At The Monastery

Cosmic Variance
By cjohnson
Jul 6, 2006 9:21 PMNov 5, 2019 8:09 AM


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I've decided to live in a monastery for two weeks, along with several other physicists and mathematicians. It is quite pleasant. We have breakfast at 7:30am, lunch at 12:30pm, and dinner at 7:30pm. The latter two are proper sit-down affairs with several courses. We are served by several stern French women of an appropriate level of uncompromising sternness and impatience, who are -frankly- slightly scary. I'm looking forward to tonight's dinner especially, since the Thursday night special is one of my all-time favourite French dishes (and word)... Bouillabaisse. It is a local specialty. By now you've probably guessed, I'm in Provence (which I like to think of as a sort of prototype of Southern California, but that's another story). In particular, just outside Marseille, on the edge of the Mediterranean. The monastery is in fact the Centre International de Rencontres Mathematiques: C.I.R.M., as you can read on the doorway. Each day I wake up, eat, go to lectures, work in my room, work in the library, talk to people, and work some more. Apparently it is quite beautiful in the surroundings, but I've not gone to look yet. Maybe I will on the weekend. So what have I learned? Well, the setup is excellent. There are both mathematicians and physicists here, and a wide range of talks. In fact, the title of the workshop has "Affine Hecke Algebras" in it. If you stopped me in the street and asked me what an Affine Hecke algebra is, I'd have to tell you that I don't know what the Helle they are in any precise sense, but that does not matter. I'm learning a lot about what's been going on in some aspects of the physics and mathematics world in some areas, with a pleasingly European flavour which reminds me of my youth, since a lot of the European string theory and statistical mechanics stars from my past (gosh, almost 20 years ago!) seem to be here. At the same time, to my surprise, several relatively freshly minted young researchers that I know from over the water are here. It is nice. There have been several excellent talks. Particularly so since the physicists have been careful to spend the first half of their talk giving a general introduction for the benefit of the mathematicians before diving into technical details. As a result, while I am not sure that the mathematicians really benefit from this as much as is hoped, I think it just makes for a great 90 minute (with 5 minute break) physics talk for the physicists. As a result, you get a good idea of what the issues (at least in the mind of the presenter) are, and a bit of the background and history, before they go on to tell you what they have actually done recently. For example, Martin Schnabl just reported on what can only be described as spectacularly important nice results (see the paper, hep-th/0511286, here). Here he is, in action at the lovely multi-panelled blackboard which he used to great effect:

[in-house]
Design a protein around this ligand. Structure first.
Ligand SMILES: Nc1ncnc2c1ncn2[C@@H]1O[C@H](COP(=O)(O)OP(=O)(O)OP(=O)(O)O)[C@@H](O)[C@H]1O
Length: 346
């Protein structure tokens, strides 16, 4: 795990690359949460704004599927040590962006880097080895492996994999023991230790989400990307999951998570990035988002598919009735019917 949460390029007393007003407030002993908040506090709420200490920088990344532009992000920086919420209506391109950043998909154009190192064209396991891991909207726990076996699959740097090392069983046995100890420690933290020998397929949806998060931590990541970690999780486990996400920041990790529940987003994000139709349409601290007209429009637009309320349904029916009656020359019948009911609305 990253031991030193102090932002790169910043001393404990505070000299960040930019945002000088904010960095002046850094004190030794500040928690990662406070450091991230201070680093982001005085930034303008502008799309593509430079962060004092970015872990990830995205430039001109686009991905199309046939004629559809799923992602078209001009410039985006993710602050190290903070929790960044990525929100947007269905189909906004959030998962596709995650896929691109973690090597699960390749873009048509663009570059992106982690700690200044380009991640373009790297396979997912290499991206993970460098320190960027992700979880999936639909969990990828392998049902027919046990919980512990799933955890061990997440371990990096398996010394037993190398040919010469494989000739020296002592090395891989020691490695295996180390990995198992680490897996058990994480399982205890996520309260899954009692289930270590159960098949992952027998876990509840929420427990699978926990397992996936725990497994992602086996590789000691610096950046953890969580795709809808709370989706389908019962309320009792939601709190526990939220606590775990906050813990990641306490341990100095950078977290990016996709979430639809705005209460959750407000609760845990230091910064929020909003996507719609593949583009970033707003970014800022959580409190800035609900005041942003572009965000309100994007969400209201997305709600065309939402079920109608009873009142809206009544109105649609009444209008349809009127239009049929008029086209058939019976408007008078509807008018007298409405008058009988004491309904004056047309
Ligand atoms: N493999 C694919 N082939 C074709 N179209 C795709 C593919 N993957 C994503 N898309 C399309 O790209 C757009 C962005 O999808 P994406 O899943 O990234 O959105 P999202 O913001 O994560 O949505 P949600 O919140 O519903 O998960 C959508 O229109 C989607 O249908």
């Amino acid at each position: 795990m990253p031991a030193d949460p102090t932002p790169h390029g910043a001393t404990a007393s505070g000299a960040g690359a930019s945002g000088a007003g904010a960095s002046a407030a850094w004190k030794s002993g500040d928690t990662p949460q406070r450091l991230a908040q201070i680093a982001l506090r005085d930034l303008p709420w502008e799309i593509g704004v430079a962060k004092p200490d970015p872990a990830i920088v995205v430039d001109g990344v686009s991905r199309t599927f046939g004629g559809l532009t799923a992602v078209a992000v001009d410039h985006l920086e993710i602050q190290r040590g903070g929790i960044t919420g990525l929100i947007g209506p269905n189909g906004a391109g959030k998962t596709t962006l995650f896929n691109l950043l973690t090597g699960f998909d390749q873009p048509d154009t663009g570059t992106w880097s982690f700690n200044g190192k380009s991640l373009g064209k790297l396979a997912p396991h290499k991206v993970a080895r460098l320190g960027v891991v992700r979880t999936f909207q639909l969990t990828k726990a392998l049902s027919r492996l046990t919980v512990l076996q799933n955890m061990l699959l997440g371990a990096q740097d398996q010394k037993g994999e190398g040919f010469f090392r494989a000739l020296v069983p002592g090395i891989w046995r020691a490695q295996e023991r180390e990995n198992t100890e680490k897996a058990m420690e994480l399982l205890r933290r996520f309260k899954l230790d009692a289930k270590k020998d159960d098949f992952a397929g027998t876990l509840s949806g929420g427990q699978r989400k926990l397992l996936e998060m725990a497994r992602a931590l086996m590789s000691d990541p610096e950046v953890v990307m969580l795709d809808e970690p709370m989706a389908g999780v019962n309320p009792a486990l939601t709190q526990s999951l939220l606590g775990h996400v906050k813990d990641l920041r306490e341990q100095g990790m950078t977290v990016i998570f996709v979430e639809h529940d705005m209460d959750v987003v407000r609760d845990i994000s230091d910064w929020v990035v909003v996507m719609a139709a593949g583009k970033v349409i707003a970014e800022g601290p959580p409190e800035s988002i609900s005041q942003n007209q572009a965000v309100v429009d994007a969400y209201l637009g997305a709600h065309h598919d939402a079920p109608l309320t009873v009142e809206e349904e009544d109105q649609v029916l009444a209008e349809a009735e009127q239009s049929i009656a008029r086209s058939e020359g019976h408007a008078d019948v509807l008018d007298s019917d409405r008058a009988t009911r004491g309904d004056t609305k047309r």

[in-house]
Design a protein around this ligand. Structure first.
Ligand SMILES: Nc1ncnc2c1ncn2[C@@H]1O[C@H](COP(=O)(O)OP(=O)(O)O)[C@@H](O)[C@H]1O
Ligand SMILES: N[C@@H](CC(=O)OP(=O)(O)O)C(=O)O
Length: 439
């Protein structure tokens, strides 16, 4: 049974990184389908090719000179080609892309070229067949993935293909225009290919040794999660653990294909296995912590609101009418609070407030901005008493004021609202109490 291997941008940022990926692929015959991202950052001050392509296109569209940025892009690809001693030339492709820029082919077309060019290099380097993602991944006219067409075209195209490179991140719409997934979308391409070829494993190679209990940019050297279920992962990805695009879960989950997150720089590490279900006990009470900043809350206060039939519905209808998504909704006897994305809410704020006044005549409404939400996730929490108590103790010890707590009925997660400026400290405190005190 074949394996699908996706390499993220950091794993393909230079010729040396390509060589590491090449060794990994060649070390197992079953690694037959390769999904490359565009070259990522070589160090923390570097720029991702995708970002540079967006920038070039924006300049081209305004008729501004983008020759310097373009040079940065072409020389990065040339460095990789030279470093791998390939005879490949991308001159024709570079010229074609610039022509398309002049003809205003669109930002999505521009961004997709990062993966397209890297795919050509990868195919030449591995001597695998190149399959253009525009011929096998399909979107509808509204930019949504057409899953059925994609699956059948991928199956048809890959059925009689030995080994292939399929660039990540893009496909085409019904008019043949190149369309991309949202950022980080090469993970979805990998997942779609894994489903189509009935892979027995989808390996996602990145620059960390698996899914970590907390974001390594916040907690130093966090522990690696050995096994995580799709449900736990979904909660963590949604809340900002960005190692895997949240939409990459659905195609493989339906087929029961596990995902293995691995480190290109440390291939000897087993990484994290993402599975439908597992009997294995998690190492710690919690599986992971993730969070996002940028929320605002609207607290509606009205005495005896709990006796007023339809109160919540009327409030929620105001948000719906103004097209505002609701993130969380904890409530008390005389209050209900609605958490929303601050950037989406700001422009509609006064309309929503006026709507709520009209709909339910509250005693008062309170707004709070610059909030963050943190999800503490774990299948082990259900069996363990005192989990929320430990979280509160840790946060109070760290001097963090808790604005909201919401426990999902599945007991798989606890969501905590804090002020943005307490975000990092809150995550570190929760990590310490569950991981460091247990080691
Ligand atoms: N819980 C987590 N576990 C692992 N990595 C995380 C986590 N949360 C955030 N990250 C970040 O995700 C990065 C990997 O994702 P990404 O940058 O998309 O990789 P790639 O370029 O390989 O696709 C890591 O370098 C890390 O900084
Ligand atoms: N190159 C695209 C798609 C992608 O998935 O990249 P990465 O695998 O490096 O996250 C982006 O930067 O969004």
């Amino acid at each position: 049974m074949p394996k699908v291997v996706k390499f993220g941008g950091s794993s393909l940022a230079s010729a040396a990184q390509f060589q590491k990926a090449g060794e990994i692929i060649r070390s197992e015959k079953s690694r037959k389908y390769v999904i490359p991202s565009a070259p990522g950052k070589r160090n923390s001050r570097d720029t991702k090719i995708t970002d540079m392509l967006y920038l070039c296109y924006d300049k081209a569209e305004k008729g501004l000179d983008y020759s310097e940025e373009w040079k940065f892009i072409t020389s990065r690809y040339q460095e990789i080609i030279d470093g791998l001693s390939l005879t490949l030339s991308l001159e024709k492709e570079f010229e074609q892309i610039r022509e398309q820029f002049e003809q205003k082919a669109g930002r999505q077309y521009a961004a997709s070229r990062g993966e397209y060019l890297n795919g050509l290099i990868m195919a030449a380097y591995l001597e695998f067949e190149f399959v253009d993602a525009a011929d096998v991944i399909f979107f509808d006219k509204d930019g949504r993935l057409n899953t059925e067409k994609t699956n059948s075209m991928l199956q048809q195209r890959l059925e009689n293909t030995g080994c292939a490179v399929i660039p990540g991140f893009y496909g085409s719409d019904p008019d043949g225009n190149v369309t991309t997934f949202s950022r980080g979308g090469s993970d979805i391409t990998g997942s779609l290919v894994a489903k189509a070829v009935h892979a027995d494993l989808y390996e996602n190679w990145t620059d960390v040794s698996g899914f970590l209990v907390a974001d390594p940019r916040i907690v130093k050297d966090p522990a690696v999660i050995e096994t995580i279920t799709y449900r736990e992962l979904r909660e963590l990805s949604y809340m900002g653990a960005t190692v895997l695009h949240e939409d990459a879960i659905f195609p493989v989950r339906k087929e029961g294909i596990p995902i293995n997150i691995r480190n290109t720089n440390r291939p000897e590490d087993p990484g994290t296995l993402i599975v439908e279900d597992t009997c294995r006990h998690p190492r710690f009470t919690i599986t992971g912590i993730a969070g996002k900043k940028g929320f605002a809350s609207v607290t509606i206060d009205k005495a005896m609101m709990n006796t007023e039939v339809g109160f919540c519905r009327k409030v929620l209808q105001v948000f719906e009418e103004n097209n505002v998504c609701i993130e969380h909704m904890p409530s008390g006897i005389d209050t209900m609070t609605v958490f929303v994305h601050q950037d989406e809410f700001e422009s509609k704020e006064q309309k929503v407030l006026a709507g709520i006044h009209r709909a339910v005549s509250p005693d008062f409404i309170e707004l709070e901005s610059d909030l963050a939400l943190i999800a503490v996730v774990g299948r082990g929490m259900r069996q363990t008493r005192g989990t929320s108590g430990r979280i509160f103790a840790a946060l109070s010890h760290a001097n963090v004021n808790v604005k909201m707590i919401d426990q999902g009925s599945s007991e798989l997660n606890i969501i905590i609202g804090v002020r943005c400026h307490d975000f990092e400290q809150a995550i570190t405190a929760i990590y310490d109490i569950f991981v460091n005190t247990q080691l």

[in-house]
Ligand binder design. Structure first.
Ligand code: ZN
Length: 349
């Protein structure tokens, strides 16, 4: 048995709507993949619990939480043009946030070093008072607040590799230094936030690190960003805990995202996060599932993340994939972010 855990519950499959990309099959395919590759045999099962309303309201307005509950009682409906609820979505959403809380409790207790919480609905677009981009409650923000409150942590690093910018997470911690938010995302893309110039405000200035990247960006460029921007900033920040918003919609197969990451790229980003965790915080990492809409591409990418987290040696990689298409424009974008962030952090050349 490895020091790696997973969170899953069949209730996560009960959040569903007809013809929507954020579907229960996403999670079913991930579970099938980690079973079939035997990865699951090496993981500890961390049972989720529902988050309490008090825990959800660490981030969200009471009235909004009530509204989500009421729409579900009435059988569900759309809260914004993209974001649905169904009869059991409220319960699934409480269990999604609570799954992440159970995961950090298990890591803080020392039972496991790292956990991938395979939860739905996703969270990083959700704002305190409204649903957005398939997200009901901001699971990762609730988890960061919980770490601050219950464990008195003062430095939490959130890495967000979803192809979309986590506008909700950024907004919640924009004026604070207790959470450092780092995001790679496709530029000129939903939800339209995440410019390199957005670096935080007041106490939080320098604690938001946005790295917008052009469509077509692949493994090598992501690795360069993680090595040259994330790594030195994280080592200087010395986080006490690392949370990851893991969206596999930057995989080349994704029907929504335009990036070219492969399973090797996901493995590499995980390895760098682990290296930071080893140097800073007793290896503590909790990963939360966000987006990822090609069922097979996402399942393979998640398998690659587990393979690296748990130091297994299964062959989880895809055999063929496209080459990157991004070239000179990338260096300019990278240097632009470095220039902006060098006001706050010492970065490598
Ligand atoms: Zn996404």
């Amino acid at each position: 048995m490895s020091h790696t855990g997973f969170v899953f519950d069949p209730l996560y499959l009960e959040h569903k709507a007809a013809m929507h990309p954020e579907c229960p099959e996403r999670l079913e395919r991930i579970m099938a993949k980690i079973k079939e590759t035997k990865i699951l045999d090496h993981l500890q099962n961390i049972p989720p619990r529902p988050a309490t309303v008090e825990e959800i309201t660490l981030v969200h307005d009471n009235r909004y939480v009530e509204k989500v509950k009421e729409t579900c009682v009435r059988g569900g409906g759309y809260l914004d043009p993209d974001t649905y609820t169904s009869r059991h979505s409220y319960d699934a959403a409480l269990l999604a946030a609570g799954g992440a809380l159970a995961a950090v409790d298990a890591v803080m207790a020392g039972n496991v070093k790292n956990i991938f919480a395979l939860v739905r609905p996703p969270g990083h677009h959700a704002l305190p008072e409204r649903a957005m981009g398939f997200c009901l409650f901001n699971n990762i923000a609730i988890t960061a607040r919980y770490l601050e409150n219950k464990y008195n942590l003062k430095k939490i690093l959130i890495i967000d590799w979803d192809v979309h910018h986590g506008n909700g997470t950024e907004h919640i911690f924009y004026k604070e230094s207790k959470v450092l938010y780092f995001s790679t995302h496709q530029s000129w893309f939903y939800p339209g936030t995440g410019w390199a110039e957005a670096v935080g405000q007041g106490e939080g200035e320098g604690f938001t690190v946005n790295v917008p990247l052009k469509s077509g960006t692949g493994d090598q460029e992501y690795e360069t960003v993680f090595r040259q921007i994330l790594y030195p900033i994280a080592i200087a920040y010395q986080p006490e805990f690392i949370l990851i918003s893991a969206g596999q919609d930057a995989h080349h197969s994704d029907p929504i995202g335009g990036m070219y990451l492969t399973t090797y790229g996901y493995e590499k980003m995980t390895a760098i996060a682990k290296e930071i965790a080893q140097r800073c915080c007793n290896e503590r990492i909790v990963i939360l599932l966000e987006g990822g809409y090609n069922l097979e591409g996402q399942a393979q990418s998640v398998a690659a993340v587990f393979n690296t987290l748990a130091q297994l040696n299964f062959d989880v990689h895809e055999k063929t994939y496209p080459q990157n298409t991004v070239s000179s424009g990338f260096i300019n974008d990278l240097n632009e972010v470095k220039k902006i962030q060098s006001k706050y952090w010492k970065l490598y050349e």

Among other things, he has managed to prove -exactly- Ashoke Sen's conjecture (see a review, hep-th/0410103, here) that in open string field theory, the famous open string tachyon instability indeed moves your vacuum from the one containing an unstable D-brane to a stable one corresponding to no D-brane, and that the energy difference between these two vacua corresponds to the mass-energy of the missing D-brane. (I've explained what D-branes are in a previous post, here. Diagram on left.) The picture to have in mind is that the system describes physics moving in a potential energy curve, V(T) , that looks like this: